So now we’ve covered the basics, you should have a handle on writing your lists on paper. Moving tasks between the zones will require crossing out, erasing and rewriting. However, if you can automate the process and move in onto your smartphone, tablet or even computer, you’ll find it easier to copy and paste tasks straight from your emails, and even better, you’ll always have access. As Linenberger points out, having the list on your computer is almost the ideal situation, as we often spend the majority of our days on the computer.

You can start simple and just use a word/text document, to begin with. Set it up just as you would on paper. But, Linenberger explains that if you are open to learning new software, it can come with even more advantages and features to help you handle your tasks.

For example, Outlook is a popular email system and you’re probably used to having it open on your desktop. You can set it up so that your task list sits to the right of your emails. You can then drag an email directly from your inbox into your task list and there you go!


A software tool that Linenberger recommends is ToodleDo. ToodleDo is based out of your browser, therefore, you can use it no matter what device you are on. ToodleDo is also great when used in conjunction with your email program.


When your inbox is overloaded you start receiving emails late, dropping your responsibilities and missing to-dos and tasks. Linenberger explains that the One Minute To-Do List system can help you manage your inbox and get a handle on our tasks.

”The solution is to convert action e-mails into tasks and manage them where tasks should be managed: in your to-do list system. In Outlook and ToodleDo it is actually easy to convert e-mails to tasks; doing so only takes a few seconds.”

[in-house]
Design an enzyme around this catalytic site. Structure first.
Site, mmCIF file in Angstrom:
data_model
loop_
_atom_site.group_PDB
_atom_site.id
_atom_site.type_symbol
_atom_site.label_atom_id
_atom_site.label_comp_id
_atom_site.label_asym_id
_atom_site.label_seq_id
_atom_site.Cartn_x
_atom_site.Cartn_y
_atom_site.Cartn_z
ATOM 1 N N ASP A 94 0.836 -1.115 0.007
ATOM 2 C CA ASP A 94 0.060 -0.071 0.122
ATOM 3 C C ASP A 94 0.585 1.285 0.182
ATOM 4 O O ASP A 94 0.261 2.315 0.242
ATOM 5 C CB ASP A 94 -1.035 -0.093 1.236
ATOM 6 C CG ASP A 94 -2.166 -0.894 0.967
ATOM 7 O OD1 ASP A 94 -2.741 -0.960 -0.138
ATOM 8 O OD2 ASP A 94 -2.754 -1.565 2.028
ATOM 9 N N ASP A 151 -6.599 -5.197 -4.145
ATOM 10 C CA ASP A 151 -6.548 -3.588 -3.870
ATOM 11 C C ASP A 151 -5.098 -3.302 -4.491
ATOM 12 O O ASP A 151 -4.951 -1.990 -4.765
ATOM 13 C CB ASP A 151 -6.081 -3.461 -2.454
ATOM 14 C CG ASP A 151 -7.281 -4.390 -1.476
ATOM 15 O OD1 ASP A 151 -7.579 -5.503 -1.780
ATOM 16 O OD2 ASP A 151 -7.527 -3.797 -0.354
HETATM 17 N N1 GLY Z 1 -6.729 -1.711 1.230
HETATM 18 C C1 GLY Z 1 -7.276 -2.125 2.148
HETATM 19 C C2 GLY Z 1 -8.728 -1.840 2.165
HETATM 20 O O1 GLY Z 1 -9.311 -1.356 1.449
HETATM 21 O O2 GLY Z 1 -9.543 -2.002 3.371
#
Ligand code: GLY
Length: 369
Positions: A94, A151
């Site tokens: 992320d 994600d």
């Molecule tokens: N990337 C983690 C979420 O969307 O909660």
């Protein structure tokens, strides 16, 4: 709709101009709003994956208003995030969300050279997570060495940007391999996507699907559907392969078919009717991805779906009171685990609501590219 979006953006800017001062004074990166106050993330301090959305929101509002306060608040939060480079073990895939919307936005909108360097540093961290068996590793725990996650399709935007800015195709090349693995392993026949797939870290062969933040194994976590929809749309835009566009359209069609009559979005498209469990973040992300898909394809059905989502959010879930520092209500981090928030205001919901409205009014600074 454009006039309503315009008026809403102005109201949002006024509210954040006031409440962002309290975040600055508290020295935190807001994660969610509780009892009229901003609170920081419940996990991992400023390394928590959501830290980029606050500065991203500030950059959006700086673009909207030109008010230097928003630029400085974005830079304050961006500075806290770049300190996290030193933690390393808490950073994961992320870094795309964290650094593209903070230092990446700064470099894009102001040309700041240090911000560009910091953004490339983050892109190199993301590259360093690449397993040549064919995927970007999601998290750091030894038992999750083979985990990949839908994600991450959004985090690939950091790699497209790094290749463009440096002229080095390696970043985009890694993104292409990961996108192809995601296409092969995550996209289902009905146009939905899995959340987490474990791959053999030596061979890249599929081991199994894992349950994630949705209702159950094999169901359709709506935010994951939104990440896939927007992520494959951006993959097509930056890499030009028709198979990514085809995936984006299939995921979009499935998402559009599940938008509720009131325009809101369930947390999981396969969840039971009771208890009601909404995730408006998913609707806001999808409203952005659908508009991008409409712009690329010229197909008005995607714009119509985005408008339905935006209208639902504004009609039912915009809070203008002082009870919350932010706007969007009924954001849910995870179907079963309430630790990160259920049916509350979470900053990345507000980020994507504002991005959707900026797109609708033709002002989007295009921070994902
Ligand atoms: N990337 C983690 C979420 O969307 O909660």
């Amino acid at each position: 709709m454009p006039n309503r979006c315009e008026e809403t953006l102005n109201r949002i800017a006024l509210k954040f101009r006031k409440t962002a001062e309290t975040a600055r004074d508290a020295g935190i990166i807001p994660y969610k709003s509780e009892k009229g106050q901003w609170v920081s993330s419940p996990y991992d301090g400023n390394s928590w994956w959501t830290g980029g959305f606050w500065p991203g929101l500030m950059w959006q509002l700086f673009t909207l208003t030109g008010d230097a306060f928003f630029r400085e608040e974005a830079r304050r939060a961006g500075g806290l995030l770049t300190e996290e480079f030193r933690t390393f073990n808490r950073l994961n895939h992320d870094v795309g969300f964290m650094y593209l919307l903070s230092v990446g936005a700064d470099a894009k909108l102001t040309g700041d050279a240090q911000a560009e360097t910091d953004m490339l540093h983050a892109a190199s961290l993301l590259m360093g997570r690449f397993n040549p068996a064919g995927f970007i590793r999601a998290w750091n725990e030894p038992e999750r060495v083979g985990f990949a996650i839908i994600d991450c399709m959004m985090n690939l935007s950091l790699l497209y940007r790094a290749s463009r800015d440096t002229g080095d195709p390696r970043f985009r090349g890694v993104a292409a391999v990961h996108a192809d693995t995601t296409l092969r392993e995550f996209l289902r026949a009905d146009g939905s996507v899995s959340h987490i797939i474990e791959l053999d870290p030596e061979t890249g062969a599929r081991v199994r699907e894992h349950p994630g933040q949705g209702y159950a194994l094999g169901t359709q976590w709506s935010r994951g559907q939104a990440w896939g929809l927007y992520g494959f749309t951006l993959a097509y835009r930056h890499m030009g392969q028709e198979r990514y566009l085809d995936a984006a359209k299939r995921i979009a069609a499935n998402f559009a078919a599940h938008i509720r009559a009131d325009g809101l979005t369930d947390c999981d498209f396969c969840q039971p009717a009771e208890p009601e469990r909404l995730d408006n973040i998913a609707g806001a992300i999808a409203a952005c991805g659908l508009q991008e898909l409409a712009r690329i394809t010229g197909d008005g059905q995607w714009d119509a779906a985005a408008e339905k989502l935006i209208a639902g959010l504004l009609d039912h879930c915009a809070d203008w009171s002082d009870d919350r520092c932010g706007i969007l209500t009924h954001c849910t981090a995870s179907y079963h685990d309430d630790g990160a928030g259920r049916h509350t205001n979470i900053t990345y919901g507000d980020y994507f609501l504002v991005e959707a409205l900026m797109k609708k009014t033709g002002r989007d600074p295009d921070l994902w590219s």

The process becomes so simple, when you receive an important email with a task, simply convert it into a task and prioritise it according to Linenberger’s system. Then you’ll know whether it needs to be worked on right away or if it can wait. Move through your inbox dealing with each email and their respective tasks.


Filing is a biggie, nobody enjoys filing, it’s one of those tasks that you find easy to ignore and build up. However, Linenberger explains that once you begin the process of converting emails directly into tasks you’ll find it easier to file your inbox. There’s no need to keep emails in the inbox if they are in your to-do list now, you can clear them away and start fresh.

Linenberger encourages you to empty your inbox every single day. Most email applications will give you the ability to create folders, he suggests that you create one called Processed Mail. Once an email has been converted into a task, you can file it here and know that it will be dealt with when required.


We live in an extremely technology driven world these days and are rarely without our mobiles. Therefore, having your one-minute to-do list on your mobile is going to be beneficial, when you are out and about or just working away from the office you can still check in on your tasks. Linenberger has just one piece of advice here:

”Keep your tasks in synch across multiple platforms. Put your tasks in the ‘cloud’.”


The last step of Linenberger’s One-Minute To-Do List system is called Master Your Now. This is intended to come into play when your tasks list has accumulated and is getting pretty full. The first place this happens is always your Opportunity Now Zone. So then, you essentially need to prioritise the tasks within that list. The term Fresh Prioritisation is what Linenberger uses to describe the approach you can take when your list is just too long.

Fresh Prioritisation

”FRESH Prioritisation is a simple and natural answer. You implement it by using start dates on all your tasks and sorting them a certain way. It is very simple to do, and it’s an important new principle of automated task management. “